Advanced Media Issues – Week 4

The prescribed readings this week were quite complex, and at first glance, had little to do with media studies. Consciousness, memory and perception are ideas that I rarely link to media discourse, but after considering the readings, I have realised that perception, especially, has a lot to do with media and how we engage with it.

Memory and perception play vital roles within the way which we choose to use media. Perception is very individualistic, and each person has their own ‘perception’ of media use. Take an internet search engine, for example. From my own observations, I have found that how people use search engines, especially for research, varies greatly. Whether individuals search for keywords, or whole sentences, their perception of results will all be different. Memory plays a part in perception, as learned habits or ritualistic tendencies can come into play when analysing perception. How an individual learned to use a search engine will greatly affect how they use one now. The memory of past perceptions will influence our newer ones, and since perception is very individual, not everyone receives the same ‘message’. Some people learned to use keywords, and narrow down their search instantly, while others learned to type in a question and hope for the best. In both these scenarios, perception of results will vary, even if the individuals are searching for the exact same information.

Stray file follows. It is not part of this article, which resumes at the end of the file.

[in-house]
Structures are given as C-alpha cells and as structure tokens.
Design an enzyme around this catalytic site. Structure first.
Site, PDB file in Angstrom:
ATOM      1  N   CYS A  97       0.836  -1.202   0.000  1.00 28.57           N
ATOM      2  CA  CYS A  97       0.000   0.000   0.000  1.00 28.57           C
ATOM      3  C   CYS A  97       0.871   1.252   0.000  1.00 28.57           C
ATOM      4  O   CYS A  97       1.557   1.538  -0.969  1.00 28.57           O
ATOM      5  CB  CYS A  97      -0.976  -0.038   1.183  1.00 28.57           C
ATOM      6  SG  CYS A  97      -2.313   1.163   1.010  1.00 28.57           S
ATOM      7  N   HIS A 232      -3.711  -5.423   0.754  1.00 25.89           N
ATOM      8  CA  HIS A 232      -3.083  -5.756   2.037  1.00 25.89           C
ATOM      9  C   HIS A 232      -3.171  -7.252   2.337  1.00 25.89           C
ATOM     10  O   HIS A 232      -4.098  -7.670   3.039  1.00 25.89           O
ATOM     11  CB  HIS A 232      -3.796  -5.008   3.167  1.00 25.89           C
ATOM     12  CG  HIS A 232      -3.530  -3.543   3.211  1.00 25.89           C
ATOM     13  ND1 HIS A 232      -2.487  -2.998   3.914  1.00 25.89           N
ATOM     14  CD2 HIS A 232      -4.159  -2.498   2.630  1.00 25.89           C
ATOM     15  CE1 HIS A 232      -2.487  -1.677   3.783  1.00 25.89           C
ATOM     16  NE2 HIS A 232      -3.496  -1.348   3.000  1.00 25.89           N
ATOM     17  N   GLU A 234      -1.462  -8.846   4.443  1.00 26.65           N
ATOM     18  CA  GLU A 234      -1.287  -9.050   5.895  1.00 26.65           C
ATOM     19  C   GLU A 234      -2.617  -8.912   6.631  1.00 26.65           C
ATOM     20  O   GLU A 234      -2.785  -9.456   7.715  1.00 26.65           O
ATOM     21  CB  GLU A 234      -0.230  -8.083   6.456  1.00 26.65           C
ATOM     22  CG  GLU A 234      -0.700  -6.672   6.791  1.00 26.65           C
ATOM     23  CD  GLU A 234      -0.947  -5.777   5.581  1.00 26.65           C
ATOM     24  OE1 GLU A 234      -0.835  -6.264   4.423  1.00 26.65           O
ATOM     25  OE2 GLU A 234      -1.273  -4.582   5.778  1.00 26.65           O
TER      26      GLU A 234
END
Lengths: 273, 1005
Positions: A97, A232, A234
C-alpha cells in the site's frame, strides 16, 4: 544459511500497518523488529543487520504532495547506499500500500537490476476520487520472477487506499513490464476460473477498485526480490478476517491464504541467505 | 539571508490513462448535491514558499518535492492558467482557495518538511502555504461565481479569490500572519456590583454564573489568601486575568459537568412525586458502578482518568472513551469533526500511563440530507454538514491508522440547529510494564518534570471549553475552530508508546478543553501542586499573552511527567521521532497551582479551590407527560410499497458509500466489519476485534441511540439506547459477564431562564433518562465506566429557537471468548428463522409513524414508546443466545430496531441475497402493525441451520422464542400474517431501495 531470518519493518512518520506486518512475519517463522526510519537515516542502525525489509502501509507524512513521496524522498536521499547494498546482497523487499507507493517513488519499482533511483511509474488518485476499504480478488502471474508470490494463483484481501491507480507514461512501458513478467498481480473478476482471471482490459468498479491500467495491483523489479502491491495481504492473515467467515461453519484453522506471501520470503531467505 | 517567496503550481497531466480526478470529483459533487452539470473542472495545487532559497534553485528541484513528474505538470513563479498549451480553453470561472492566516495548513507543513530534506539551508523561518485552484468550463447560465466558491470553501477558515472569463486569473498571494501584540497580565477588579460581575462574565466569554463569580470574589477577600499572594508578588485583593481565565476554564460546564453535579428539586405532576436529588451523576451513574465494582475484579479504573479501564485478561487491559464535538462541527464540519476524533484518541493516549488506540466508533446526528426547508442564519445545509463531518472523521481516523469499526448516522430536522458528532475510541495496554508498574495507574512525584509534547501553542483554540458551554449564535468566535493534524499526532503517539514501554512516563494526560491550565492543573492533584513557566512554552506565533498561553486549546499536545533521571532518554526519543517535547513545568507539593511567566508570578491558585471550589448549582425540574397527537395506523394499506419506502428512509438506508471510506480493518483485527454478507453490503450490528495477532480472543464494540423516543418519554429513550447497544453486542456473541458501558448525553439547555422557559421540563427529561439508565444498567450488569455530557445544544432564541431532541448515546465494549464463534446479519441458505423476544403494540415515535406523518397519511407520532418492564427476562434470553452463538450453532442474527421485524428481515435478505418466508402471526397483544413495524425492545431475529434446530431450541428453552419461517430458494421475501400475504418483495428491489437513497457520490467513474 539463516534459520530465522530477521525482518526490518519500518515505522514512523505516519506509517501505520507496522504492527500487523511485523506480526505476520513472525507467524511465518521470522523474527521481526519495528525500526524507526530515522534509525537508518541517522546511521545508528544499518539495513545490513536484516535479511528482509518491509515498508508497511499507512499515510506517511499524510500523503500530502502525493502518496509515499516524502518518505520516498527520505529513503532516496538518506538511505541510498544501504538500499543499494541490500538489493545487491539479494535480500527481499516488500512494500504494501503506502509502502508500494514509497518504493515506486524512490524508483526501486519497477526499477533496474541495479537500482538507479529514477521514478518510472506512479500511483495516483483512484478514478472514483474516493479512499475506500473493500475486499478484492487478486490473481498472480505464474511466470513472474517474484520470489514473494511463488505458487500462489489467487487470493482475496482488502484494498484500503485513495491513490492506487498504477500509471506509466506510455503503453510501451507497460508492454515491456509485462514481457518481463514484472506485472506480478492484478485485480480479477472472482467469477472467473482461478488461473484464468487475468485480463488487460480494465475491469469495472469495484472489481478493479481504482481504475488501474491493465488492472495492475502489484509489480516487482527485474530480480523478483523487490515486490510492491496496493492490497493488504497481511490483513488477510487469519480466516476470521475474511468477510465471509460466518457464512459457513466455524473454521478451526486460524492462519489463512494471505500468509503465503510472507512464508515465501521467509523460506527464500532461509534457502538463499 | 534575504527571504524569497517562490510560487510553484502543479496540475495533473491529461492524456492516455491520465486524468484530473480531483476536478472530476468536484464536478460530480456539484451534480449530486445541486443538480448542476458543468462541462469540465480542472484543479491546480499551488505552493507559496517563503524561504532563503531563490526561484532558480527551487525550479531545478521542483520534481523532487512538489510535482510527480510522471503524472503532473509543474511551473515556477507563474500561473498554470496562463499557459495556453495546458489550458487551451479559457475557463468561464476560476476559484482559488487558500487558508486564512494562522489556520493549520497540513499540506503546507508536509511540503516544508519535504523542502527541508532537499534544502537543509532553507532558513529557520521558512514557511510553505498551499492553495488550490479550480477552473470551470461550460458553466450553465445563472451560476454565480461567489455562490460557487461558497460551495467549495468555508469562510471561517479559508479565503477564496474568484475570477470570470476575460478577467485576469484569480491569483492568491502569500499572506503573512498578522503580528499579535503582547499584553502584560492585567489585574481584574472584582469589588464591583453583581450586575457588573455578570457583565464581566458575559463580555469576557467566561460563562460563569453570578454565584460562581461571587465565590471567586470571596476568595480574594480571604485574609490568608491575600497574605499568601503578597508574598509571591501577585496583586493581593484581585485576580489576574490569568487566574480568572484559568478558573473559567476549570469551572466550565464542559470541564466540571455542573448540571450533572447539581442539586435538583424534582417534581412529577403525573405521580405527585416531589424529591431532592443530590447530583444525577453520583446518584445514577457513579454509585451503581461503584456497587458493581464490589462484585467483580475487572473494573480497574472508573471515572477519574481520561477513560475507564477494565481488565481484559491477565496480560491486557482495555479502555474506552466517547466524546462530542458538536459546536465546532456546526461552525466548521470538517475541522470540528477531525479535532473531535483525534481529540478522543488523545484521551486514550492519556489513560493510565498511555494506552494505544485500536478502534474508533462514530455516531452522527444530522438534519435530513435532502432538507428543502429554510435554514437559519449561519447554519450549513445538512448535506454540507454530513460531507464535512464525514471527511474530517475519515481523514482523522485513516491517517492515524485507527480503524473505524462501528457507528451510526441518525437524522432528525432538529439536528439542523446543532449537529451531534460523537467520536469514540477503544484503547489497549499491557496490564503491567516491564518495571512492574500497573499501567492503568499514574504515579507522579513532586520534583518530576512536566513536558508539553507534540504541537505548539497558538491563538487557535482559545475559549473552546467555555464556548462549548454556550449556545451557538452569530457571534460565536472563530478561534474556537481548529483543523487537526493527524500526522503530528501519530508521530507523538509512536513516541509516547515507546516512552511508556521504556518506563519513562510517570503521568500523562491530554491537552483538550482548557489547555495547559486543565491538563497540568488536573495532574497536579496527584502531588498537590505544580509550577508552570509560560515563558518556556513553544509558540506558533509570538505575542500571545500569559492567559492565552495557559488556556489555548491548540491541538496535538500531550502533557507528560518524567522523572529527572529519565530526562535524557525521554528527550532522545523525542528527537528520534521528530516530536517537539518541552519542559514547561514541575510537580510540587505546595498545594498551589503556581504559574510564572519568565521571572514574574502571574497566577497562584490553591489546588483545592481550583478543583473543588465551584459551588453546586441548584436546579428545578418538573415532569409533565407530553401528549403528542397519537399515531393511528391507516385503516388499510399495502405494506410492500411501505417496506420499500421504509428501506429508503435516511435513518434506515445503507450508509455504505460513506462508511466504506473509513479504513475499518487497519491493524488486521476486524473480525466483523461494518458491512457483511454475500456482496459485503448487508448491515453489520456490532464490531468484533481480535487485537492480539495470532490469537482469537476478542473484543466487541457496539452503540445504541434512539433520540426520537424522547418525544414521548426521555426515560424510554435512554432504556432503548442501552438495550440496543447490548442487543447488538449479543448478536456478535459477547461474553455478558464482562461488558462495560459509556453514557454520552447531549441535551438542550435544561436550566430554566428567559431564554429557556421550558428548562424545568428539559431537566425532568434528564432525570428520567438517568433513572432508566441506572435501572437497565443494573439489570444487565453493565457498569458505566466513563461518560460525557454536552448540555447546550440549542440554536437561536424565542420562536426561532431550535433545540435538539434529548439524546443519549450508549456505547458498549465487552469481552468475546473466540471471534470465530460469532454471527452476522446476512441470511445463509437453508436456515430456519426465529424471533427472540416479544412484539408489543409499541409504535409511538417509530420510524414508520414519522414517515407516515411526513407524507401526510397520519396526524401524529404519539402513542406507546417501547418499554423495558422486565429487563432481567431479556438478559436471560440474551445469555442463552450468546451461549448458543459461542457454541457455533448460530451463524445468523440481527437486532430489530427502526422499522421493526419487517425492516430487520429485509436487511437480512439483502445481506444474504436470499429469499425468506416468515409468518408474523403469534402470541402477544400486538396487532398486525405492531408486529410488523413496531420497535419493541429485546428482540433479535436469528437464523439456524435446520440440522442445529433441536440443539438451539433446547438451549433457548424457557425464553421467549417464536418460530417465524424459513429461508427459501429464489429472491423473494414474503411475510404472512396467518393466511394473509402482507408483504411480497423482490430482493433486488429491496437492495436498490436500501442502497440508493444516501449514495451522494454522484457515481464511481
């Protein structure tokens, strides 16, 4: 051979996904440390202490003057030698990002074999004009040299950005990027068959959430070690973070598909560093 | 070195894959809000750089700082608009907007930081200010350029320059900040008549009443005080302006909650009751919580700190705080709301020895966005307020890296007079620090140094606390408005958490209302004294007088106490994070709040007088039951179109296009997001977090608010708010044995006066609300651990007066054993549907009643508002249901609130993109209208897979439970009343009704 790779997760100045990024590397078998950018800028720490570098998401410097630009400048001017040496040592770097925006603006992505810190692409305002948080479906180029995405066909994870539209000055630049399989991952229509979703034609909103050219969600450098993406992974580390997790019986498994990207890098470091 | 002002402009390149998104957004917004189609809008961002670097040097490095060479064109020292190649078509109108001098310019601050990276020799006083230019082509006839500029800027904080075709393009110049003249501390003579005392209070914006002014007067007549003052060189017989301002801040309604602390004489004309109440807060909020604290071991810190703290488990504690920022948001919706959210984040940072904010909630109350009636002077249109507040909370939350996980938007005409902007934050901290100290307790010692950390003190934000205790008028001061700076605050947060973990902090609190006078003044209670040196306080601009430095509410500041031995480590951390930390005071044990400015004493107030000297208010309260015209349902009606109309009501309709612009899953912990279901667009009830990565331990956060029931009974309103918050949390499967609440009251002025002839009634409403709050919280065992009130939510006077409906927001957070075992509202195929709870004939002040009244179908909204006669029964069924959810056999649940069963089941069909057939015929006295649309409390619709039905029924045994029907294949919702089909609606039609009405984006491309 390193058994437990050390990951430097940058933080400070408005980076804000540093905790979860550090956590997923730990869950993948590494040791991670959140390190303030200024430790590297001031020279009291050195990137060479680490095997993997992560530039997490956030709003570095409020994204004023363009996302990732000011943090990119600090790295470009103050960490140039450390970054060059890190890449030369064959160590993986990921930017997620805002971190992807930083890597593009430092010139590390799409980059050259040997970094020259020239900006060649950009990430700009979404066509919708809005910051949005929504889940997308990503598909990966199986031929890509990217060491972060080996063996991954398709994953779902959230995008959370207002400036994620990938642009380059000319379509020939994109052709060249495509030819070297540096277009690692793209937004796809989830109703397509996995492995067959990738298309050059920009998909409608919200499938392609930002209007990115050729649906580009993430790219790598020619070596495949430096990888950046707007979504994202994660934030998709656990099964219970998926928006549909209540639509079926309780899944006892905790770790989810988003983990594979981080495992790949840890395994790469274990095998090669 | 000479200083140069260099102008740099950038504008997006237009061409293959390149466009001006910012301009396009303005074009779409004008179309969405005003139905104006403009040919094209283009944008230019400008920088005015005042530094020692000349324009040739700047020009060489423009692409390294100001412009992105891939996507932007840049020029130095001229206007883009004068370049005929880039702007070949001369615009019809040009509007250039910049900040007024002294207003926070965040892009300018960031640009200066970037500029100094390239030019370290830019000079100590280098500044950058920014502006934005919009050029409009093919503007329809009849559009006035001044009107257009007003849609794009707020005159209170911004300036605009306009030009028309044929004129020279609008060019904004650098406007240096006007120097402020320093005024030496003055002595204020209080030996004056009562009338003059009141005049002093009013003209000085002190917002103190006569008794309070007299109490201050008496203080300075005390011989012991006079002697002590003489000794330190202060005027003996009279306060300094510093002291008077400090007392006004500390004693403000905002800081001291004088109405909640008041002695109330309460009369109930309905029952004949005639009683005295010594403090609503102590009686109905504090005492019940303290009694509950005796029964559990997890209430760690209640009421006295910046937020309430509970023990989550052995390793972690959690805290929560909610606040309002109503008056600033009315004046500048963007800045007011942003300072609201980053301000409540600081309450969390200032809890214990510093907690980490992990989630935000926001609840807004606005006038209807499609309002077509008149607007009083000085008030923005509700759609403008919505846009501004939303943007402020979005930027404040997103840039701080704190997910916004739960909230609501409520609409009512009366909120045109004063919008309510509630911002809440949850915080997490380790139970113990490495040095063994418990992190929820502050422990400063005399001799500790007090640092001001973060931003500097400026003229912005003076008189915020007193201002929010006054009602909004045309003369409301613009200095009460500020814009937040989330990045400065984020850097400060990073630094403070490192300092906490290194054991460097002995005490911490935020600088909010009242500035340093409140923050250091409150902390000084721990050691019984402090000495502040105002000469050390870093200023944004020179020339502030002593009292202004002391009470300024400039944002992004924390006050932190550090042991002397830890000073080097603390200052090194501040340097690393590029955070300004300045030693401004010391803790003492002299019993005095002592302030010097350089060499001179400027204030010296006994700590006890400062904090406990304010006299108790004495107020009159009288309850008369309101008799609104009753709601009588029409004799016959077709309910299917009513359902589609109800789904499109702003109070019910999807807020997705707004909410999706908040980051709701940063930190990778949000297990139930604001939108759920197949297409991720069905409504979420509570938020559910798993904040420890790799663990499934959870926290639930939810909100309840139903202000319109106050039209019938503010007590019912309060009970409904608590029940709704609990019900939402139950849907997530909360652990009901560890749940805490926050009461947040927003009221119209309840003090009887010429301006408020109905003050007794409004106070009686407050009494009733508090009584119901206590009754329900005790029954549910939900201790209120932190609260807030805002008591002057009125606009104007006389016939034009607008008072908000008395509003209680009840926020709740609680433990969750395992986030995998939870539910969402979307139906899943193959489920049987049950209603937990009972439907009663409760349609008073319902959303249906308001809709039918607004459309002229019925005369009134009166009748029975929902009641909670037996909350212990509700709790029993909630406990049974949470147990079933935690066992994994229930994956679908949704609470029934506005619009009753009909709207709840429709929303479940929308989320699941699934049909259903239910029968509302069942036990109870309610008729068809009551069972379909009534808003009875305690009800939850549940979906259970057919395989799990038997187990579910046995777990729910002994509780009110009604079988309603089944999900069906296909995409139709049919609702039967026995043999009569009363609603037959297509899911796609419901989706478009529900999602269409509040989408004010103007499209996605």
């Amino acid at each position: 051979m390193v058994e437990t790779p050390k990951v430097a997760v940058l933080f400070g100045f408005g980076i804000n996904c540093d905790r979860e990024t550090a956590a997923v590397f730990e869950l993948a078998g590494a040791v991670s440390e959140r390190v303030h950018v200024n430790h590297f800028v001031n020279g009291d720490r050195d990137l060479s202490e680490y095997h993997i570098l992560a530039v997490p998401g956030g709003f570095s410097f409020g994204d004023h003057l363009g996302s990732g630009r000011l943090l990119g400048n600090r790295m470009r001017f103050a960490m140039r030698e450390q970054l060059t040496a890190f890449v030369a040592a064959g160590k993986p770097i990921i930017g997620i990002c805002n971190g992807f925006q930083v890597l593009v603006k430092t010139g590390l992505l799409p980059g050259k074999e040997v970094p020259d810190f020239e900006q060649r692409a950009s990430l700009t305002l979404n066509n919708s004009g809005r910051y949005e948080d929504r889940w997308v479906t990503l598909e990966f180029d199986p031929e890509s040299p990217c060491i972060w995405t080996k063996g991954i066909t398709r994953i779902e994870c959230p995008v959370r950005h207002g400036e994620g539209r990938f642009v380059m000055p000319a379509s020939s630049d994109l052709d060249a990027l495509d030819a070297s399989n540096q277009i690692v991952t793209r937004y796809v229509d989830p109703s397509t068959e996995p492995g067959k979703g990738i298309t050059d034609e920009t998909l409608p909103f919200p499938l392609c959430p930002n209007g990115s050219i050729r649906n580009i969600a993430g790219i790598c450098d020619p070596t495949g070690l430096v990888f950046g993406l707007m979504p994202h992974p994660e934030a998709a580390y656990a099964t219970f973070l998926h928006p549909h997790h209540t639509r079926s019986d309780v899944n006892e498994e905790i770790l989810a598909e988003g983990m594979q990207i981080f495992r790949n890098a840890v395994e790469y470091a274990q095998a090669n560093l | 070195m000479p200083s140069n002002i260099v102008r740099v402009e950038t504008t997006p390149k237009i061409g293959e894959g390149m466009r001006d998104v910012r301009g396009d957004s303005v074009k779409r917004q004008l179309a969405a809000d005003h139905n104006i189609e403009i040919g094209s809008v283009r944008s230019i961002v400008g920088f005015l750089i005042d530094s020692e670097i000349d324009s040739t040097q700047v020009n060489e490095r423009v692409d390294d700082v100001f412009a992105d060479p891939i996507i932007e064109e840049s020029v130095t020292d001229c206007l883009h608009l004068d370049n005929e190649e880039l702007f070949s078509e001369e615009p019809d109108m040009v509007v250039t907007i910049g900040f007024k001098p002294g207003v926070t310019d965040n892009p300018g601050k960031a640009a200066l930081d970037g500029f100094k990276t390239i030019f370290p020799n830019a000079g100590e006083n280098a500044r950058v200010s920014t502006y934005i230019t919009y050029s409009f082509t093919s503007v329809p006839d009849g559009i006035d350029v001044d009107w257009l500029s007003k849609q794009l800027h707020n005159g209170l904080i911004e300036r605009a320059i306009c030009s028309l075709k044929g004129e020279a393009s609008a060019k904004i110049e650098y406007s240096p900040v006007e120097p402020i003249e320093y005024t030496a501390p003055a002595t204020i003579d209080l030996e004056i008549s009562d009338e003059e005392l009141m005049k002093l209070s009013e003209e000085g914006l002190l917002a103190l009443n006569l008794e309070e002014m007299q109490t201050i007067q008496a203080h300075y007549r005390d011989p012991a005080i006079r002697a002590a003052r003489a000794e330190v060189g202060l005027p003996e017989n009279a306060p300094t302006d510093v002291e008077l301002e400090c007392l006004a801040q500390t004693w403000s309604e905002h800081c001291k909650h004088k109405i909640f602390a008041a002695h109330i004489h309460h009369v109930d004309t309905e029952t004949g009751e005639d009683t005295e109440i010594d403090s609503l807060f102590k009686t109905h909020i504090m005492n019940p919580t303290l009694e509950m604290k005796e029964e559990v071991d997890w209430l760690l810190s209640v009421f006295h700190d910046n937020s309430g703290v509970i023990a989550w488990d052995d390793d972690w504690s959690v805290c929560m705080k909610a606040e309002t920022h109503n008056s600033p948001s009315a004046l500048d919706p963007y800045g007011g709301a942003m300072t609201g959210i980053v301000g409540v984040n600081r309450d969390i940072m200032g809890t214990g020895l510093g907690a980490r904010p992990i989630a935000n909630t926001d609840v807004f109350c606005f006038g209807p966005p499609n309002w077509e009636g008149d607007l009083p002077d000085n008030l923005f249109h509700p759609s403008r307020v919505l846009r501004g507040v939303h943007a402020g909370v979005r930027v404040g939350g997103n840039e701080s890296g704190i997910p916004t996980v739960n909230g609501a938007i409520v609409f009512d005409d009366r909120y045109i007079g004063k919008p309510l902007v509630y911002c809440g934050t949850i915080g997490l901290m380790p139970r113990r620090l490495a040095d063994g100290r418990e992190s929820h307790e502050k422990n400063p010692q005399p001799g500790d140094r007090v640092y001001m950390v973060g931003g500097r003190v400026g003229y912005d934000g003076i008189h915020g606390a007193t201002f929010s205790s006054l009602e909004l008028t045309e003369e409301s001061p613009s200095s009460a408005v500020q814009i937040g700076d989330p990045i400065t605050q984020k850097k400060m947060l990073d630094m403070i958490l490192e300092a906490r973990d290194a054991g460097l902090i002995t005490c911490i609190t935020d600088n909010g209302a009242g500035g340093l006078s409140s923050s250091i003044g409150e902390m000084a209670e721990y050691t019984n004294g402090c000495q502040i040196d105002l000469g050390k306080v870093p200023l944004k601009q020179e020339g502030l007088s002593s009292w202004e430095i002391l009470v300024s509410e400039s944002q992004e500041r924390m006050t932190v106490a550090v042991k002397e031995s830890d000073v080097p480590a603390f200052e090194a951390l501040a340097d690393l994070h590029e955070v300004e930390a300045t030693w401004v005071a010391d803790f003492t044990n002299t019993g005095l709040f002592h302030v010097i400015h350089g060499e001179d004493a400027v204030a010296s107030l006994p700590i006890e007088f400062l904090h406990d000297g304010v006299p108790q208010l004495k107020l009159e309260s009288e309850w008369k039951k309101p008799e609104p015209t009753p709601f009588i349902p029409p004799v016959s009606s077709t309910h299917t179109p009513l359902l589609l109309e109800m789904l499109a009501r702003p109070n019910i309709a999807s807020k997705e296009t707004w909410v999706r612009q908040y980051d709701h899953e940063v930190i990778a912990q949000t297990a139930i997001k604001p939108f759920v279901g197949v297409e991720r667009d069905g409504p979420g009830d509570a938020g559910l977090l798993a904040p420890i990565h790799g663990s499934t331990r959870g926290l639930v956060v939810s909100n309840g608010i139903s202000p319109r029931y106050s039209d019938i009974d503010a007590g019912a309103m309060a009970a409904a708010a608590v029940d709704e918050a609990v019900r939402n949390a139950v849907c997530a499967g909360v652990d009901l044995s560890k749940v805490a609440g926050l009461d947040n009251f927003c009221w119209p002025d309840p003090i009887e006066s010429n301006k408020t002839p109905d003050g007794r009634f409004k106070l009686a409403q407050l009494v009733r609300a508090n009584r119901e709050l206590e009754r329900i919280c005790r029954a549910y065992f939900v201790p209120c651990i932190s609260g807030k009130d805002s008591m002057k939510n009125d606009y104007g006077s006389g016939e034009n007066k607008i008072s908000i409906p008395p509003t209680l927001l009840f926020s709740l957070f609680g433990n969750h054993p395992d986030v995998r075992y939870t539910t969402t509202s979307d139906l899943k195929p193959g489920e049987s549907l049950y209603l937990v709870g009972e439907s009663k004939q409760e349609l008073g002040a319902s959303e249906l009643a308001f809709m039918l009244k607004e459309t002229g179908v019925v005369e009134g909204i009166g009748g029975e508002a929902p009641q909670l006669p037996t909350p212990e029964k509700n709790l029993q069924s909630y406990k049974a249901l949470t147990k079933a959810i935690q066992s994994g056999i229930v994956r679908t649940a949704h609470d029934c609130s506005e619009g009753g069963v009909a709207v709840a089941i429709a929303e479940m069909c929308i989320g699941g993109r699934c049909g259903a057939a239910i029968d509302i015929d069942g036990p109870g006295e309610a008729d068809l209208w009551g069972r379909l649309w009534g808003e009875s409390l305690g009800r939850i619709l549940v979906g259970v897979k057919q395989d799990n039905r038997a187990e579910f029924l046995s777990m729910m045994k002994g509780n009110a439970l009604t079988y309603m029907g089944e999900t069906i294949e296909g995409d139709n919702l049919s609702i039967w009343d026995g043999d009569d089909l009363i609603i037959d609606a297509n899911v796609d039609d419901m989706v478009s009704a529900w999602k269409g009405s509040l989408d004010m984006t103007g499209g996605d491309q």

People can experience new perceptions, however, and with that can come the learning of new skills. One might engage with a more efficient method of using a search engine (searching for keywords), in a way as a result of trial and error. In the Alan Kay demonstration, we see a woman with no experience playing tennis, yet in an afternoon, she learns to play a decent game of casual tennis, by way of trial and error. Just as one realises simplicity is the key; that search engines look only for particular words (smaller picture), the woman playing tennis realised in order to play, she must simplify her perception, and instead of looking at the big picture, she must focus on the smaller picture (memorised movements.)

We ourselves must balance the small and big pictures in our memory and perception, being able to accept ongoing change and the varying ways of engaging with media.




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Advanced Media Issues – Week 3

Fuller expresses ‘Media Ecologies’ as an “interrelation of processes … of beings … and matter”. I like this interpretation, as media ecologies are exactly that. The ‘ecology’ aspect being, it’s interaction with the living things around it, including us as humans, and the other living things around us. When looking at ecology, you must look at the things around you. I’m fascinated with the idea that media shapes the thing around us. Why are we in a certain place doing a certain thing? Why not somewhere else? Does media decide what we do, and where we do it?

It is known fact that media has changed the way we live our everyday lives. There are certain aspects of our lives however, that are not only changed, but maintained by media, and thus a media ecology is formed.